If you are shooting in a studio against a white background the auto knee makes it impossible to get a brilliantly bright uniformly clipped white background. You increase your exposure to make the white background extra bright and because that white is now above 90% the auto knee treats it as a highlight and tries to control it’s brightness. The more you open the aperture the more the knee pulls down the white background, it never reaches clipping. Eventually you get to the point where the knee starts to effect the skin tones but your white backdrop still isn’t clipped. The image doesn’t look great.
In these cases the best thing to do is to turn off the Auto Knee. If you go into the paint settings you will find the knee settings. In most cases leave the knee on (except perhaps for the white studio example), but turn OFF the auto knee function. The fixed level knee will still give you a good highlight range but eliminate the pumping or other variable knee effects. Note that the knee options have no effect if using a Hypergamma or log. They only come into paly with standard gamma.
7 thoughts on “Auto Knee when shooting with Rec-709.”
Great article Allister, helpfull. What about the knee when filming a musical or theatre play. The lights used can reflect on white cloths or sometimes over expose the faces. What would you or any other expert do under these circumstances. Thanks, John
Ask the lighting director to adjust the lighting.
When I read this article, I immediately came to wonder if this all means that, thanks to the knee, my FS7 in Rec 709 captures more dynamic range than the six stops usually advertised ?
Thank you very much.
Technically Rec-709 is 6 stops. But this depends on what level you determine black to be. Most modern cameras will capture around 7 to 8 stops when set to Rec-709 because of the ability to see darker shadow areas. Adding the knee will typically add another 2 to 3 stops, so a Rec-709 camera will often actually capture 9 to 10 stops.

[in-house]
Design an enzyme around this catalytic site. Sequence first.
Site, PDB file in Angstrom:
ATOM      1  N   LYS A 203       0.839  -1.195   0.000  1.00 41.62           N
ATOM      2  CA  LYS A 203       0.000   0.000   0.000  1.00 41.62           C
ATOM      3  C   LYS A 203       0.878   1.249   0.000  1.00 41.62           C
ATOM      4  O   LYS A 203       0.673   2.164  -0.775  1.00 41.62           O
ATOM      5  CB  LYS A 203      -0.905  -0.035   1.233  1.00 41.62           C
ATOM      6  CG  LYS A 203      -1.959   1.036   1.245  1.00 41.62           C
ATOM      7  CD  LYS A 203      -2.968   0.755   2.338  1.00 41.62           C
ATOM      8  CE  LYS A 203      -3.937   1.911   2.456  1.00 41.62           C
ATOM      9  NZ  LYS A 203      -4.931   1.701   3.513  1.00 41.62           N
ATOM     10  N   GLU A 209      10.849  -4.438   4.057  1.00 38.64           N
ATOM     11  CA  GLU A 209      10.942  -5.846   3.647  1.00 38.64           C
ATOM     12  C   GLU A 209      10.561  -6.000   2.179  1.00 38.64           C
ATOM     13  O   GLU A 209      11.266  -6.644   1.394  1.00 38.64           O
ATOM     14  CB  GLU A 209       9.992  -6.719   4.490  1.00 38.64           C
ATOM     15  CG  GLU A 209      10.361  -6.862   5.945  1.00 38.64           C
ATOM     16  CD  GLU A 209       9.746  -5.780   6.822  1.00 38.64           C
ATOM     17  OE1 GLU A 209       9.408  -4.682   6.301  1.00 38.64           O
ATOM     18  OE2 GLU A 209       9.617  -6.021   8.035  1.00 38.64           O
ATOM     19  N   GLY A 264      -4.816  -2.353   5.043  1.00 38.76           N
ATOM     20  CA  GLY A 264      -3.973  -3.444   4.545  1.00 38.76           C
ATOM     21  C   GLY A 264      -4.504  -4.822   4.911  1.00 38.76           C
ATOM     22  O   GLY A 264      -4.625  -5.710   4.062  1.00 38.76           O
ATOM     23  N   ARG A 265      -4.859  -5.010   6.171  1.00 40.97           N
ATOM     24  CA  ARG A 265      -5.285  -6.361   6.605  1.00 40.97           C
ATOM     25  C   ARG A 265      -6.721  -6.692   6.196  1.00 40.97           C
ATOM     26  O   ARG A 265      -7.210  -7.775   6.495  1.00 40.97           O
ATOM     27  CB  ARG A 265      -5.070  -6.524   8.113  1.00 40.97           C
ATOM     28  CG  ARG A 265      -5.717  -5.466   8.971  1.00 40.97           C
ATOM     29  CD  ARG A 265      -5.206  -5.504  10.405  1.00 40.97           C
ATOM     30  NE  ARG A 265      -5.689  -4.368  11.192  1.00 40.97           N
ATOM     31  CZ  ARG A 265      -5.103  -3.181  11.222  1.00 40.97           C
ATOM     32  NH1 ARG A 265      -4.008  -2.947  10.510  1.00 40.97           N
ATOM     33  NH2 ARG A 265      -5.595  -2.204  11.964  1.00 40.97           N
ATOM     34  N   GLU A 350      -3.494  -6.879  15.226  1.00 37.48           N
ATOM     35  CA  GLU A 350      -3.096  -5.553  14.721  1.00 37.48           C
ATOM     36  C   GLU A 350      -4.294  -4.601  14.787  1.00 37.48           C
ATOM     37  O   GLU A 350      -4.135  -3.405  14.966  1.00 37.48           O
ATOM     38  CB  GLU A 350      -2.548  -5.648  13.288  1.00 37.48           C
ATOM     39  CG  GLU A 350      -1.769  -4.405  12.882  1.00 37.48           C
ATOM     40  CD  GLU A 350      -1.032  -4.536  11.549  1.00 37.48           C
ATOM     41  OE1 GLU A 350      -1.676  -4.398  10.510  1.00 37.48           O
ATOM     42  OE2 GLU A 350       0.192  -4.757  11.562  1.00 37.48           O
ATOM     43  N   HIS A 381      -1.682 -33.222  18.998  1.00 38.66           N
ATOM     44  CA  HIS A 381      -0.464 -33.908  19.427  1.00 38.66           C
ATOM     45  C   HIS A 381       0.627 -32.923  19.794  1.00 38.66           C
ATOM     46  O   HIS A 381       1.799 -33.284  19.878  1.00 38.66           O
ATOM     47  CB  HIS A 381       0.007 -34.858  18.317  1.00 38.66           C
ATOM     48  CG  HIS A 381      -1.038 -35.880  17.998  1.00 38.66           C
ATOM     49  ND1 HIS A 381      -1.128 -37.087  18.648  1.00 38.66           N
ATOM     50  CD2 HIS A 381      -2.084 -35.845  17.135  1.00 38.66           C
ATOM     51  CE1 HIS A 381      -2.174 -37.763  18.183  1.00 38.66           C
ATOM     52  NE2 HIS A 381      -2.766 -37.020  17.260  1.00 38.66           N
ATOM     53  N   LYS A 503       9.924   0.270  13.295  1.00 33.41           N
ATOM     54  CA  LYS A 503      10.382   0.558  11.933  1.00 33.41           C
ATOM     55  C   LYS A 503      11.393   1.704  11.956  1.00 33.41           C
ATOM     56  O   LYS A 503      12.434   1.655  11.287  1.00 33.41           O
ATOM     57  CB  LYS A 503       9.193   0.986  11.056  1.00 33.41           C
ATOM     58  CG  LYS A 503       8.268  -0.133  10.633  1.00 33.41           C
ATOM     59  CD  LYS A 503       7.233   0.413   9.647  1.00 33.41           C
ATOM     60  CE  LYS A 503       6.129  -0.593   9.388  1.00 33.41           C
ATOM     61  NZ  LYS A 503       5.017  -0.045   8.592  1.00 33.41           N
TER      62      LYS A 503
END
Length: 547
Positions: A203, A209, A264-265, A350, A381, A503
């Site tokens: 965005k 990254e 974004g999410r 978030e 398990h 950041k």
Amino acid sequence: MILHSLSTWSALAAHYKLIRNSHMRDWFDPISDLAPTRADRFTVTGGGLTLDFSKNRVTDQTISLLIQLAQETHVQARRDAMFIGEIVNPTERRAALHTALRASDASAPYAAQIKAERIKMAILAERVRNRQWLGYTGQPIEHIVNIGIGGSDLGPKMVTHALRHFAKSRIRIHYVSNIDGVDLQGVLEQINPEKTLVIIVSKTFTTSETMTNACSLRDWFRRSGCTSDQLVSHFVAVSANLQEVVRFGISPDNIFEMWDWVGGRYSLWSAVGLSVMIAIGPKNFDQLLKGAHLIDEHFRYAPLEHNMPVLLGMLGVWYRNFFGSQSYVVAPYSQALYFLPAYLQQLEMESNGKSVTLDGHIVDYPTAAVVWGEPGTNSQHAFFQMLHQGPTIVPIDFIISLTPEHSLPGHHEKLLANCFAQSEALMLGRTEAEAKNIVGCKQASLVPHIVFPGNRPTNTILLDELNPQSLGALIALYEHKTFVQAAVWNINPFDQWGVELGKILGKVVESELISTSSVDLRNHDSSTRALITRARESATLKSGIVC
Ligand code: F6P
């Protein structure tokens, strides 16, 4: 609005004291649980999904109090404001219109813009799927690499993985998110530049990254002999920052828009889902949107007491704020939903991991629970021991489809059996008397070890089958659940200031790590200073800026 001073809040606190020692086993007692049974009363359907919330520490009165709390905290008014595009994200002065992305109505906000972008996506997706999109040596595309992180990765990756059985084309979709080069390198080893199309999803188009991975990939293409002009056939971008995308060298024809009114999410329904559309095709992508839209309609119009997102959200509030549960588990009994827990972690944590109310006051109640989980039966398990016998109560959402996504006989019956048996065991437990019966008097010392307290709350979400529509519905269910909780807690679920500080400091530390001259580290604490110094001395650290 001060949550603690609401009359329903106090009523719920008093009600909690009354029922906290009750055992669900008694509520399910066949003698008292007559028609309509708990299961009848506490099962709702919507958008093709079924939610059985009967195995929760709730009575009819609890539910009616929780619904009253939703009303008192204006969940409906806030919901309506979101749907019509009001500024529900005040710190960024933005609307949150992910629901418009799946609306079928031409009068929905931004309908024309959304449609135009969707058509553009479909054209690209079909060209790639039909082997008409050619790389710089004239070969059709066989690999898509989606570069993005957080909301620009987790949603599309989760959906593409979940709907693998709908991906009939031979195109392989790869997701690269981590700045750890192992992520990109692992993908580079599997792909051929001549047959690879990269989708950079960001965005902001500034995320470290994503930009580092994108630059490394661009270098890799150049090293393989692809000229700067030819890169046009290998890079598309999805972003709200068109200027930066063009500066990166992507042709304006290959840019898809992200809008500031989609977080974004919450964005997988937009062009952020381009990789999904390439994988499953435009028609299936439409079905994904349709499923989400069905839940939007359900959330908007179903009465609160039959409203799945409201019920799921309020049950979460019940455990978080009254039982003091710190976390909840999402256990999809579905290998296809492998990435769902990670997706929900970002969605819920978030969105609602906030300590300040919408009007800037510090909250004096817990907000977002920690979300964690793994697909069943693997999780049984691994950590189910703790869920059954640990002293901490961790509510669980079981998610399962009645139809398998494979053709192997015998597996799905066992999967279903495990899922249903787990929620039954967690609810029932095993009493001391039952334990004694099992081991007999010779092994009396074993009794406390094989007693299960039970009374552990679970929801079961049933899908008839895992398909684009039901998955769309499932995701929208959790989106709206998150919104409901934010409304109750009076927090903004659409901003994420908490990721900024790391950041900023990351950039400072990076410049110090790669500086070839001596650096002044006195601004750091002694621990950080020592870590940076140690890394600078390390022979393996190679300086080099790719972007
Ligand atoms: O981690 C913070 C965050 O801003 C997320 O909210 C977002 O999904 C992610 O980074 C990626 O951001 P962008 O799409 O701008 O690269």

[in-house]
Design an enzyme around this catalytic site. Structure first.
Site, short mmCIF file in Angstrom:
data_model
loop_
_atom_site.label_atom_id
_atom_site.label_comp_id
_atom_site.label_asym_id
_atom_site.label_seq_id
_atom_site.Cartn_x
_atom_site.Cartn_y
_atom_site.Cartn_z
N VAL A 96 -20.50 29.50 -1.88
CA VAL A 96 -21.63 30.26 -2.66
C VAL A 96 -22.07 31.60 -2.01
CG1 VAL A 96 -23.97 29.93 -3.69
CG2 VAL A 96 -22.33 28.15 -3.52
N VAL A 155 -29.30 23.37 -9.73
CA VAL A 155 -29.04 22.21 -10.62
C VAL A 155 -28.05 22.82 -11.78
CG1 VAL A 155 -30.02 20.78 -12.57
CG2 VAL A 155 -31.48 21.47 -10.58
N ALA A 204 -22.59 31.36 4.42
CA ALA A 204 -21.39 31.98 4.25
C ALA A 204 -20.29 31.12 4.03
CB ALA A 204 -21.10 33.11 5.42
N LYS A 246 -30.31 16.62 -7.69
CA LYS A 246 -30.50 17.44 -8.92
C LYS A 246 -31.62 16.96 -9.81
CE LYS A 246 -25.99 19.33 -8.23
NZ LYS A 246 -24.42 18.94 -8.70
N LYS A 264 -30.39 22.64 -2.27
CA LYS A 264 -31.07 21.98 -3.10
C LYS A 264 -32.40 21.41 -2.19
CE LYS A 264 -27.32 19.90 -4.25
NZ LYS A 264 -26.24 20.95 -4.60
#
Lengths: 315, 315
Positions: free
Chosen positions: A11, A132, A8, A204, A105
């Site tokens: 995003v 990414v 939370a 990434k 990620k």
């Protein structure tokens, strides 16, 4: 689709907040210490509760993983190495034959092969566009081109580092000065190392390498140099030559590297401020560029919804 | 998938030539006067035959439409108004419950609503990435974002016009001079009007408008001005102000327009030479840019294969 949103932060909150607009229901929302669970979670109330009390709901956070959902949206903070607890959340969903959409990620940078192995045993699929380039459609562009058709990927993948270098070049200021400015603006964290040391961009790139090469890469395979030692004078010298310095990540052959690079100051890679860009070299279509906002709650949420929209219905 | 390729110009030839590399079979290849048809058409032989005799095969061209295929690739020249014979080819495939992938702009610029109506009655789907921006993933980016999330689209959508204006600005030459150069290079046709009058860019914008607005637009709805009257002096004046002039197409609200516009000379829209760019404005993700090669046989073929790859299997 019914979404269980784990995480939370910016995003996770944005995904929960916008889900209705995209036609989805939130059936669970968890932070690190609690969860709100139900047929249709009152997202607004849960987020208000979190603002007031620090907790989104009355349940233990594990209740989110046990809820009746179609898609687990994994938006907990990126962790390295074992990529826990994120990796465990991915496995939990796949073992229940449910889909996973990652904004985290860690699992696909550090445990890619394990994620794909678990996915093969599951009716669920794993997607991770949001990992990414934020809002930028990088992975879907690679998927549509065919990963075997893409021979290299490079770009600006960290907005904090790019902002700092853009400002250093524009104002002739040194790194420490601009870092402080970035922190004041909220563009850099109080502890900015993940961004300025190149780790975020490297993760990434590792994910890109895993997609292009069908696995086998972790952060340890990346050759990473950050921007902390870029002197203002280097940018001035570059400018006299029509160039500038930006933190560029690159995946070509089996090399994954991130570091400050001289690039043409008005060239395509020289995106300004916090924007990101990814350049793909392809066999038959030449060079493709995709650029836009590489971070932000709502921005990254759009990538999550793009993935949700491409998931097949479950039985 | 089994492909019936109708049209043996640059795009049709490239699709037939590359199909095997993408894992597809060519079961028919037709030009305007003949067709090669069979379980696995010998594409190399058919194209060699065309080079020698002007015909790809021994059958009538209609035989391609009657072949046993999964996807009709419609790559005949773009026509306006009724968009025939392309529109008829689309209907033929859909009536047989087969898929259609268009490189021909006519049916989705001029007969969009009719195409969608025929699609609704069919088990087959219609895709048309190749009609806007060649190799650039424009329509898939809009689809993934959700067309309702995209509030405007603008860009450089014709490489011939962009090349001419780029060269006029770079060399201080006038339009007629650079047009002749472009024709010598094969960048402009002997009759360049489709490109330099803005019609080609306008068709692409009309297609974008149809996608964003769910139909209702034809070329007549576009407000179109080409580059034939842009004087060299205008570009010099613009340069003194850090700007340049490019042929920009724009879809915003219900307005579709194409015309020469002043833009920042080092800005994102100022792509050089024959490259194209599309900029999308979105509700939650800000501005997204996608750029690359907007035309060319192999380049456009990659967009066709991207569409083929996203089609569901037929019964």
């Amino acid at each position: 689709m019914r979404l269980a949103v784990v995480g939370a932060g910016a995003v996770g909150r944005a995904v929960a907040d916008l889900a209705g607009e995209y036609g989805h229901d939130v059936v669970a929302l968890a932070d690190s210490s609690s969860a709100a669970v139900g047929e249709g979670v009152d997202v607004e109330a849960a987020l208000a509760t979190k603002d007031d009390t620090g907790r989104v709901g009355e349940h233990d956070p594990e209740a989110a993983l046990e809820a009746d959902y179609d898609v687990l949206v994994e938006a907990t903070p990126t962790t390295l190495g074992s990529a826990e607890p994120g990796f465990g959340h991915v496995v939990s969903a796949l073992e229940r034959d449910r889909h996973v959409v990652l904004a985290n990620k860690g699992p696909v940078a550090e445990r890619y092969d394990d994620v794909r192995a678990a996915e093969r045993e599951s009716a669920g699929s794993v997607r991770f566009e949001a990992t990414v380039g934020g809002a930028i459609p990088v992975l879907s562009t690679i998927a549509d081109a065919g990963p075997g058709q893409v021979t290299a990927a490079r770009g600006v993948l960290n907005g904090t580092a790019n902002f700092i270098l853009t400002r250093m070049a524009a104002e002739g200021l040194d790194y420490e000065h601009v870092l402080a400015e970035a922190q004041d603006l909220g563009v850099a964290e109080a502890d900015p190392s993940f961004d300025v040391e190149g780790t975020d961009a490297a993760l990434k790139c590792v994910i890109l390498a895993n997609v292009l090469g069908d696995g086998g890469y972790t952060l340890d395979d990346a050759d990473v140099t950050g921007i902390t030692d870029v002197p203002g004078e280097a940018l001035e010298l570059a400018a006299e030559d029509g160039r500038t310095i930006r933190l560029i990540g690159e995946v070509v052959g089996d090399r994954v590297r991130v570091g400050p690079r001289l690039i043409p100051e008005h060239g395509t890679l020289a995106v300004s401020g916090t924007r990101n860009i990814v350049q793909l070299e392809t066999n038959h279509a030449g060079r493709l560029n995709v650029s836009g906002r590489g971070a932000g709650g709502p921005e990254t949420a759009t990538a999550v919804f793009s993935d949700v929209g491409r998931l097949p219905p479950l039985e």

Hey Allster: How do you expose for airplanes in the sky? It’s virtually impossible to ride iris when panning left to right, and depending on sun location, the exposure setting can vary 2+ stops. Also, a pure blue sky sets the auto exposure to around 55 units and it should be around 65-75 depending on how high the camera points up.
I’ve been using auto exposure and pushing the exposure compensation by .5 to .75 with my Z-150 and X-180. I know you shoot warbirds as well, so do you have a better method??
I ride the iris with my thumb while using fingers to focus. When I started 30 years ago we didn’t have auto iris with fancy offsets or speed control, so you had no choice but to learn how to ride the iris during panning shots of many subjects. And to this day it remains the most reliable way to do it.
You can also use auto with a suitable offset, but it won’t always get it right and may often look unnatural as the brightness of the subject relative to the background may alter in an odd way.